The Sociology of Rural Life

The Sociology of Rural Life

The Sociology of Rural Life

The Sociology of Rural Life


Foot and mouth disease and BSE have both had a devastating impact on rural society. Alongside these devastating developments, the rise of the organic food movement has helped to revitalize an already politicized rural population. From fox-hunting to farming, the vigour with which rural activities and living are defended overturns received notions of a sleepy and complacent countryside. Over the years "rural life" has been defined, redefined and eventually fallen out of fashion as a sociological concept--in contrast to urban studies, which has flourished. This much-needed reappraisal calls for its reinterpretation in light of the profound changes affecting the countryside. First providing an overview of rural sociology, Hillyard goes on to offer contemporary case studies that clearly demonstrate the need for a reinvigorated rural sociology. Tackling a range of contentious issues--from fox-hunting to organic farming--this book offers a new model for rural sociology and reassesses its role in contemporary society.


This text offers a critical introduction to the sociology of the rural. It draws upon classic and contemporary UK rural literature and the theoretical and methodological approaches dominant in each. As a means to ground the discussion, three case studies of three contemporary rural issues are explored. The approach applied across the book is one that is informed by interactionist theory and ethnography, building upon the rising status of qualitative methods in rural geography, and offers an alternative to the popular approaches of political economy and postmodernism.

The emergence of rural sociology lies with the origins of the discipline of sociology itself towards the end of the nineteenth century. The charge to explain the impact of profound structural changes upon social ties and networks meant that the first sociological accounts were not merely rural, but urban and rural–the two dimensions went hand in hand. Hence Tönnies's (1955)–the founding father of rural sociology–twin concepts of Gemeinschaft und Gesellschaft (community and association) were just that: defined by the very distinctions between them. Whilst Tönnies's contemporary, Geog Simmel, moved to address the emerging phenomenon of the industrial city (Simmel 1971), they faced similar theoretical challenges. Centrally, this was to explain the implications of tremendous technological advances and to translate the impact of profound economic restructuring upon human associations.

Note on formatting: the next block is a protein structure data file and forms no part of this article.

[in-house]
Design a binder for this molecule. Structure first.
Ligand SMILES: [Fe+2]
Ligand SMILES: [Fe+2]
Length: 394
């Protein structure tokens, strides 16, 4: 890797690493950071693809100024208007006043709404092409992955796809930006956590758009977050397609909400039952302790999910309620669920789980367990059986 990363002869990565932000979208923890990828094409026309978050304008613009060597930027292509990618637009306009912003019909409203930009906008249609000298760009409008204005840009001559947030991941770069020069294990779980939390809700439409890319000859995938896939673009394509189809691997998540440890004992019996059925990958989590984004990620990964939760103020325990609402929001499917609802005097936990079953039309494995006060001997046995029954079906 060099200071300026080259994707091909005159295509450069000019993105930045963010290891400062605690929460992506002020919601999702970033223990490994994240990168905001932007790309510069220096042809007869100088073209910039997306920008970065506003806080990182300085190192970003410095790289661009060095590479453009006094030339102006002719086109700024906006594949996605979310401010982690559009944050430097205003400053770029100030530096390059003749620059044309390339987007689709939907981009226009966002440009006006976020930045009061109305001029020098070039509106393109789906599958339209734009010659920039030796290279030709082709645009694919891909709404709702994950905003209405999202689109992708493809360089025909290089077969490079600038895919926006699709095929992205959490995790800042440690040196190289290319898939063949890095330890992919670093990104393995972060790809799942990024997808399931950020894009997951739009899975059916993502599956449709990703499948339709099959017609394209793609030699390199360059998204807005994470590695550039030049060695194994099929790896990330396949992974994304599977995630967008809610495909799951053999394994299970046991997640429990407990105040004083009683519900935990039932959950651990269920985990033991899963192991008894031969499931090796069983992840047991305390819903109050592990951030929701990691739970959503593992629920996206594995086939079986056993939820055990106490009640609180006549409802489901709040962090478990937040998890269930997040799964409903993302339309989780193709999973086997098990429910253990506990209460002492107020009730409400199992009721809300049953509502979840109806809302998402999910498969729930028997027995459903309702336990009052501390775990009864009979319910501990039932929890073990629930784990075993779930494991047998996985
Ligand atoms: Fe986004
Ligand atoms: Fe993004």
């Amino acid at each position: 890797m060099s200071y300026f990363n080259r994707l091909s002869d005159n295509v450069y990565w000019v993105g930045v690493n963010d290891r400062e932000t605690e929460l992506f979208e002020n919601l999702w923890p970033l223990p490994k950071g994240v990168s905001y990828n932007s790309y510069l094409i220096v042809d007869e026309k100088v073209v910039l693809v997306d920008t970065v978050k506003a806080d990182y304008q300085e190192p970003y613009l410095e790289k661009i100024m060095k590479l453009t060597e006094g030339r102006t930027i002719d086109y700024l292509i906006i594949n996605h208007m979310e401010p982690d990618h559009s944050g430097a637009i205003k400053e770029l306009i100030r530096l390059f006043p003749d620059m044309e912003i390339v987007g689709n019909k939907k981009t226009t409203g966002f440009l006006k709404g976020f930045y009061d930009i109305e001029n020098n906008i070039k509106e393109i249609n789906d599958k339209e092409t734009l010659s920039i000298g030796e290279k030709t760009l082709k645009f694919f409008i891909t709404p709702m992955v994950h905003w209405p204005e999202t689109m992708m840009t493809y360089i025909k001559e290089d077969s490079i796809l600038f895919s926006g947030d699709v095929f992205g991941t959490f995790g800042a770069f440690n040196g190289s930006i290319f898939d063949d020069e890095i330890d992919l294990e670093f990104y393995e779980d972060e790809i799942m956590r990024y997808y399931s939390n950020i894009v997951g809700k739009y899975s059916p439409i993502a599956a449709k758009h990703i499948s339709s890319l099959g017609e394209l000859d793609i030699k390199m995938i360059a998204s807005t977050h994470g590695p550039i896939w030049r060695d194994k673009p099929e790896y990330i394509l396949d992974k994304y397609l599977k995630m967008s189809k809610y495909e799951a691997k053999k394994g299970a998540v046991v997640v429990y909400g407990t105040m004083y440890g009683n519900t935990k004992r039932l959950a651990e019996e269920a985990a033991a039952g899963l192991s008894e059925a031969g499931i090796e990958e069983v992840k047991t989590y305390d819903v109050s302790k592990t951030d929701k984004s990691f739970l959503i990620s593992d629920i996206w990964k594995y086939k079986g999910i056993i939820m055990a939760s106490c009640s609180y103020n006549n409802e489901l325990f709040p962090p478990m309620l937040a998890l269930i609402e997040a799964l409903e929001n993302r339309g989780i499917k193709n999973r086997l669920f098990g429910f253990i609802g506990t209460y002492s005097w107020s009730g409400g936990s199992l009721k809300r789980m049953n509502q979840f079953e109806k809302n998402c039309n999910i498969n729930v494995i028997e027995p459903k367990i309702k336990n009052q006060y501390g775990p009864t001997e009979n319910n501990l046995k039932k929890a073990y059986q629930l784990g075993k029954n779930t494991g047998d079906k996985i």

One hundred years on, rural sociology is now quite different and far less prominent within the parent discipline (Hamilton 1990). The text unravels the process by which this decline or marginalisation occurred to see if there is a future for a rural sociology and in what directions useful rural sociological work may be pursued. Such a task has long been perceived to be highly problematic:

There has been an ultimately futile search for a sociological definition of 'rural', a
reluctance to recognize that the term 'rural' is an empirical category rather than a soci
ological one, that it is merely a 'geographical expression'. As such it can be used as a
convenient short-hand label, but in itself it has no sociological meaning.

(Newby 1980: 8)

Newby sought a sociology of the rural that was also engaged with the business of theorising as 'there can be no theory of rural society without a theory of society . . .

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